Driving force


POSTED: Friday, October 16, 2009

Retired Principal Florence Teruya went from steering Waolani Judd Nazarene School to driving its activities bus in July—just to stay around her students.

“;The children are so lovable and fun to be with,”; said Teruya, who is volunteering as “;principal”; bus driver after 30 years at the helm of the Nuuanu private school. “;I really believe in the sports programs, and I want the students to participate in them.”;

Kiele Amundson, president of the school's Parent Teacher Fellowship board, said, “;As a parent, knowing that our kids are in safe hands makes us really feel at ease. It's comforting having a principal who goes out of her way to make sure the kids are safe. She has that innate compassion.”;

Teruya started as a substitute driver about 20 years ago, but when the two regular drivers left, she took over their duties by herself at no charge. She drives the students to volleyball and basketball competitions, to swimming lessons at the YMCA and on field trips.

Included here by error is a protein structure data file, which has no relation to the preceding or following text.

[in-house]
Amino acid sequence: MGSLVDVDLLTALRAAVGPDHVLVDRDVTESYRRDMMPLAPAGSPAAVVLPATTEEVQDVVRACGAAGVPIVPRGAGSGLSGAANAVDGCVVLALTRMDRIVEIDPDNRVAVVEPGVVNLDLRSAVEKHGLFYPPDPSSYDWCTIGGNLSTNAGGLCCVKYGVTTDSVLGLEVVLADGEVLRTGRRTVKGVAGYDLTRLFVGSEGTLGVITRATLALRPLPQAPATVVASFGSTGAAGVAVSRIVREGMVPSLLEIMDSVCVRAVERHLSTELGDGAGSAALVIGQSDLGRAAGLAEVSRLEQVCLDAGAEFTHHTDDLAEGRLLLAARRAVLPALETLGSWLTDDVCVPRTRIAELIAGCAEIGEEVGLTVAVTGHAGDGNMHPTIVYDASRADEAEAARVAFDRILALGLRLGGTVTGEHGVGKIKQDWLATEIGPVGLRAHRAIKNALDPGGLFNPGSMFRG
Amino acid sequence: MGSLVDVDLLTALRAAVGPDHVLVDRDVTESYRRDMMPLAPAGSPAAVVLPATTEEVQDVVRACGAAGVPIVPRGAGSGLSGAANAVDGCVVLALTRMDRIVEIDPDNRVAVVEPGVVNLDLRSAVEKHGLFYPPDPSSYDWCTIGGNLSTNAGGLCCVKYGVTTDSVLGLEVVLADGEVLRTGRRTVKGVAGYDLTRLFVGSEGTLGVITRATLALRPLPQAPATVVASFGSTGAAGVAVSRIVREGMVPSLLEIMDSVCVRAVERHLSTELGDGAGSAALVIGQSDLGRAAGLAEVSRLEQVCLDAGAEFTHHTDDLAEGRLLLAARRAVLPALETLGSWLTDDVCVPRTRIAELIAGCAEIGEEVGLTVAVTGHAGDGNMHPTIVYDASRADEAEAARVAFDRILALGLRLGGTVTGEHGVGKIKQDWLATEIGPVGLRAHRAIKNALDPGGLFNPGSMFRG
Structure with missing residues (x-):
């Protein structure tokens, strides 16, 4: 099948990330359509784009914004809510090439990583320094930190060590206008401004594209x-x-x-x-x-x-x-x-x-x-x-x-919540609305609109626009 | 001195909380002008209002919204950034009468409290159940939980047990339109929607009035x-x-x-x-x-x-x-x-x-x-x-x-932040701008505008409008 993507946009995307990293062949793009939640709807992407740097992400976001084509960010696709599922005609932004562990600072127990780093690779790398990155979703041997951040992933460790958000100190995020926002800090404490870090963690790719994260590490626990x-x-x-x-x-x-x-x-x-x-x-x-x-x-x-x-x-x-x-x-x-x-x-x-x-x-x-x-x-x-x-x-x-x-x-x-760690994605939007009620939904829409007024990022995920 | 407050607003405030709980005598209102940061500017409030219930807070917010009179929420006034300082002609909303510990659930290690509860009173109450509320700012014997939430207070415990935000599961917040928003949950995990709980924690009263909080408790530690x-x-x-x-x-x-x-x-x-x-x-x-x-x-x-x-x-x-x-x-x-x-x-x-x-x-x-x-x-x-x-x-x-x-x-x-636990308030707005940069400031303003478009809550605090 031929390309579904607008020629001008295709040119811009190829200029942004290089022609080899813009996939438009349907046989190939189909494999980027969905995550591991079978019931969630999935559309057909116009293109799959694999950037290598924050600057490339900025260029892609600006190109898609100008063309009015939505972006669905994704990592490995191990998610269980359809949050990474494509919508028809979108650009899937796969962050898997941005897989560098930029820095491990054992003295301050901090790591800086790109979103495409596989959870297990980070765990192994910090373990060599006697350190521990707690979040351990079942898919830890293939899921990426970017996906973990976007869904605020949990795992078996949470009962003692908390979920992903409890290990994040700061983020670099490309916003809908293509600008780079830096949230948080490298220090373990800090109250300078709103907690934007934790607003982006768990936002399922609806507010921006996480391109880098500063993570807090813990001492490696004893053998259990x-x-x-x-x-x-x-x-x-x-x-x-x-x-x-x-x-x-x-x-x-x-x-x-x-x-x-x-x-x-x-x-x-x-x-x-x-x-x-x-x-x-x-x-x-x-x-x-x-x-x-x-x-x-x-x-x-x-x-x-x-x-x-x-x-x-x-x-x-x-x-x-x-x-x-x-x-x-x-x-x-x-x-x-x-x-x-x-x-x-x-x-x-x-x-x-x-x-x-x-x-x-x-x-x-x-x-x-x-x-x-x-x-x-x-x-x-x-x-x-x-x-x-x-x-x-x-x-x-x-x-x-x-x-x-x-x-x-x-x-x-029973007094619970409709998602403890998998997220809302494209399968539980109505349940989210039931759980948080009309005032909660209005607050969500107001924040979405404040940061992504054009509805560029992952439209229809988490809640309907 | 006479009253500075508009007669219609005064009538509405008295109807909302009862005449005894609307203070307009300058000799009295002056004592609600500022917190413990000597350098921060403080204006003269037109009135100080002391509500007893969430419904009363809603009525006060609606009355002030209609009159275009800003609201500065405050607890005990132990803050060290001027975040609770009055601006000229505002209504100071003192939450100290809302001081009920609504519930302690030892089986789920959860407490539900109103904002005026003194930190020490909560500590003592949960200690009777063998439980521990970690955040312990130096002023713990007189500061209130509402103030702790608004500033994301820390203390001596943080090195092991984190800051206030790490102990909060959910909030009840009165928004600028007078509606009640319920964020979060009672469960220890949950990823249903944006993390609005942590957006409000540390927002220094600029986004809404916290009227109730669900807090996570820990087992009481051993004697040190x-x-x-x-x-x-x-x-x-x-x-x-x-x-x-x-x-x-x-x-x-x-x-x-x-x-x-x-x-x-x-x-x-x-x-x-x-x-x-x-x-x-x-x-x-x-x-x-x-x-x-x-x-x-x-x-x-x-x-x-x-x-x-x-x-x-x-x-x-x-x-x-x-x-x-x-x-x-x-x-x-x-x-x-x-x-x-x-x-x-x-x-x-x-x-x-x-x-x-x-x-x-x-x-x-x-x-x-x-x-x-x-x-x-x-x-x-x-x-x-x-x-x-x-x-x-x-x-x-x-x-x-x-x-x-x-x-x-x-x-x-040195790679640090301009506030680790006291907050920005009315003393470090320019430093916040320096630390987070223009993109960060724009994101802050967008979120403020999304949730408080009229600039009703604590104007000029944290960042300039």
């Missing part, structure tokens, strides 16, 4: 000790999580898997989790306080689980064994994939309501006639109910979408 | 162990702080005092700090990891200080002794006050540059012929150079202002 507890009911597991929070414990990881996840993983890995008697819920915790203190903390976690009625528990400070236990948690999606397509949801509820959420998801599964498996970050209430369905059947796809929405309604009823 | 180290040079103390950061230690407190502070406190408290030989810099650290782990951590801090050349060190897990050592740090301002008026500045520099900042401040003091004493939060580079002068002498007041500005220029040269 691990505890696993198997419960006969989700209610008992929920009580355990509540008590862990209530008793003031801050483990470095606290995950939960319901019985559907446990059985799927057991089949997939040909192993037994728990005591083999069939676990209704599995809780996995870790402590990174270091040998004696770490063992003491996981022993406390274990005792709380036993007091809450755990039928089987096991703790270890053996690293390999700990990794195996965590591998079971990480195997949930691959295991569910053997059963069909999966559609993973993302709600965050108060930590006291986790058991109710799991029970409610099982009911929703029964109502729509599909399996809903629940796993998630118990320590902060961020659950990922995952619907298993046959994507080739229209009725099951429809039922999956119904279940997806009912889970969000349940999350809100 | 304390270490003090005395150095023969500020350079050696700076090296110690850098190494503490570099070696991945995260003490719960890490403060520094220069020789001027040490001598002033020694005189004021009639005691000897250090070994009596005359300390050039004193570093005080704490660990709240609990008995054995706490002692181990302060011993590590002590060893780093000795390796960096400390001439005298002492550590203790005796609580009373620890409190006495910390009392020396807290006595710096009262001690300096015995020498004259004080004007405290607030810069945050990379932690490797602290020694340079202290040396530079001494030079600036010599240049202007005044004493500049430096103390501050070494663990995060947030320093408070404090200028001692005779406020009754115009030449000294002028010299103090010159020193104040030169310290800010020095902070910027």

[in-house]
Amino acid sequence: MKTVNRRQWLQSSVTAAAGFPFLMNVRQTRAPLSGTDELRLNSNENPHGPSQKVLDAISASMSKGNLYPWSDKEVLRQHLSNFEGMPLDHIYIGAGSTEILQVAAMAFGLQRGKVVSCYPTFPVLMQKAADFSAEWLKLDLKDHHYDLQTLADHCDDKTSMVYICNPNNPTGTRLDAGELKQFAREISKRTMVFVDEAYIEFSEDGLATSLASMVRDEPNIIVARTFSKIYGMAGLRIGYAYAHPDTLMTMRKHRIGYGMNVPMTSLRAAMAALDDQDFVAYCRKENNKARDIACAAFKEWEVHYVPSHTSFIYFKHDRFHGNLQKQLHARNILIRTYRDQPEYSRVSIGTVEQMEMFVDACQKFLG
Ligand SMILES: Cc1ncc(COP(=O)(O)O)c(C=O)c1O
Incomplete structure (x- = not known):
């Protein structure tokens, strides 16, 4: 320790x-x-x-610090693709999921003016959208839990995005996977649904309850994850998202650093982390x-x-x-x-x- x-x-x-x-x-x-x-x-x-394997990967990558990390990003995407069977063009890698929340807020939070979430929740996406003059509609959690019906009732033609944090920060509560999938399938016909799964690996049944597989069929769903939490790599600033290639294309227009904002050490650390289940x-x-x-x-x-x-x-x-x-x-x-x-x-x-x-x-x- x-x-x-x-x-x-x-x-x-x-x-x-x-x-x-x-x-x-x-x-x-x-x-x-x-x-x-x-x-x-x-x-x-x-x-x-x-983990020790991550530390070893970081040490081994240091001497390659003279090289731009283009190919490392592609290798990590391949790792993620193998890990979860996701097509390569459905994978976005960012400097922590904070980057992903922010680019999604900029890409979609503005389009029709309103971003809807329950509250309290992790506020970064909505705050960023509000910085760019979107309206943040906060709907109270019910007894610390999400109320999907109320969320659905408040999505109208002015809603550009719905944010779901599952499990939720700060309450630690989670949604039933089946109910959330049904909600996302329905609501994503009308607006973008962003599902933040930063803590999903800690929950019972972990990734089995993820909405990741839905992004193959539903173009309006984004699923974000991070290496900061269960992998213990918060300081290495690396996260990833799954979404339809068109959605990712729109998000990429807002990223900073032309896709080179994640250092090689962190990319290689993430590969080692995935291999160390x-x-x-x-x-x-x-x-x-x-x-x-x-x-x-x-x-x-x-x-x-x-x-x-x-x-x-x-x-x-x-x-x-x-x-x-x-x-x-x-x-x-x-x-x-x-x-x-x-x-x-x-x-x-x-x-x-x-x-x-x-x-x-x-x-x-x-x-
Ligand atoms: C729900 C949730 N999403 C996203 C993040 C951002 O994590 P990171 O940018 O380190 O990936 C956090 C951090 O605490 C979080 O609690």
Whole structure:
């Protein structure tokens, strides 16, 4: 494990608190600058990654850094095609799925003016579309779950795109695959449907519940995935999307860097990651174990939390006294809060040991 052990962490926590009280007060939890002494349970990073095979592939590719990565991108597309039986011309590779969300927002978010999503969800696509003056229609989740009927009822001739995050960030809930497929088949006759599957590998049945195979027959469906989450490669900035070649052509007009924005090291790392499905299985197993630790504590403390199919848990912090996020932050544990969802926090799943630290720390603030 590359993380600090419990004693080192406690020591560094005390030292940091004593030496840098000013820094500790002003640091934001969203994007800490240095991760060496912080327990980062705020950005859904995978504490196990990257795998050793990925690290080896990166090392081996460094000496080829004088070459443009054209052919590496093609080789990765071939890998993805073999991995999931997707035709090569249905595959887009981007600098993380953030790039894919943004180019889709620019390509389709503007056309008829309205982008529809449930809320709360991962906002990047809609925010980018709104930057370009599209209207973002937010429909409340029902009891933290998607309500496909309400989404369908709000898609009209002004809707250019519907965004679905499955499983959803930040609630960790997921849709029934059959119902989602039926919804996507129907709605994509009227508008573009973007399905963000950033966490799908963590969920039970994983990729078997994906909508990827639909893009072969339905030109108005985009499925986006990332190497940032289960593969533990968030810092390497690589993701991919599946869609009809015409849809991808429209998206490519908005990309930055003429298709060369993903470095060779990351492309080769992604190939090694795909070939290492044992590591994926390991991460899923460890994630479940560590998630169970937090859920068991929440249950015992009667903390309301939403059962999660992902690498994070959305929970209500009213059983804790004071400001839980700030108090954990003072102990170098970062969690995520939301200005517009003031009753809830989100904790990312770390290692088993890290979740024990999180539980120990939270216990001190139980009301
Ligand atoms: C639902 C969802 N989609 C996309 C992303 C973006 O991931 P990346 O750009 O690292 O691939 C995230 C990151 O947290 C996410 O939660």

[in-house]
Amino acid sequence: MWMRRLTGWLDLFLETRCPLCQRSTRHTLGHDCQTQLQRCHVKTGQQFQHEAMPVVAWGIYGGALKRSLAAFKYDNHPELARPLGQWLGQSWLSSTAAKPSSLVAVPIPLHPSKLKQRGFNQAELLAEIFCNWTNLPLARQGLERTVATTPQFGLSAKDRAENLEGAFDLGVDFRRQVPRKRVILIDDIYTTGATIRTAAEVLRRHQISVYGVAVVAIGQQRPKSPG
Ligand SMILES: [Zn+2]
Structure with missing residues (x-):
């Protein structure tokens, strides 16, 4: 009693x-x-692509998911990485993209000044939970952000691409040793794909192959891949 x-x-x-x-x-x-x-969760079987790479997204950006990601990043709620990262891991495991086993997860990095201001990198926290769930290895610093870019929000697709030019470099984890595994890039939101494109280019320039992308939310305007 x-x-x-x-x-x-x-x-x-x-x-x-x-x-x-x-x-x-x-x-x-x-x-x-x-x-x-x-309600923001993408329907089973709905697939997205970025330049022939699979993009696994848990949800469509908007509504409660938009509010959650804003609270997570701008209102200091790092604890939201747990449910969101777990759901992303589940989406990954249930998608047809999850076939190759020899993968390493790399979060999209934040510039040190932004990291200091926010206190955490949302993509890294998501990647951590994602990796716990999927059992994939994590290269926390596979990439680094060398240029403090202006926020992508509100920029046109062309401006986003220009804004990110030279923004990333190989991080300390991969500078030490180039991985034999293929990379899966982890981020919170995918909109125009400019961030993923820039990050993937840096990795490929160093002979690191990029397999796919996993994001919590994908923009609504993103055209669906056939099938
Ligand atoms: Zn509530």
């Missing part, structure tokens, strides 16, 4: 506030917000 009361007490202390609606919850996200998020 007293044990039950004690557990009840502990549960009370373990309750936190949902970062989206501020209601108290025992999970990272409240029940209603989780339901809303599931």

She has no problem navigating the school's 66-passenger bus or the smaller one with 22 seats.

“;When I started driving the bus, I really got to know the students and liked cheering them on at their games,”; said Teruya, 67. “;It was really exciting. The coaches kept saying I was the No. 1 fan.

“;We have really great kids. I got to know them on a one-to-one basis instead of just as a class. It's so cute to hear them praying 'God help us to win this game,' and their cheering and singing,”; she said.

When Teruya became principal of the school, founded in 1967, it only had one kindergarten and five preschool classes. A grade was added every year. Today the coed school has 195 preschool through sixth-grade students.

Most teachers “;have been here 20 to 30 years,”; said Teruya. “;Our staff has always been great.”;

With the economy squeezing school budgets everywhere, Teruya wants to keep volunteering since she retired in July, because “;it's expensive to hire a driver.”;

While public schools face the loss of 17 instruction days, “;this school isn't going to cut any days,”; she said.

“;It's been a great 30 years; it went by so quickly. ... One of the little boys said, 'How come you're getting old?' His teacher probably told them when you get old you retire. They say all kinds of funny things. I'm single; I have no children. All these children are my children,”; she said.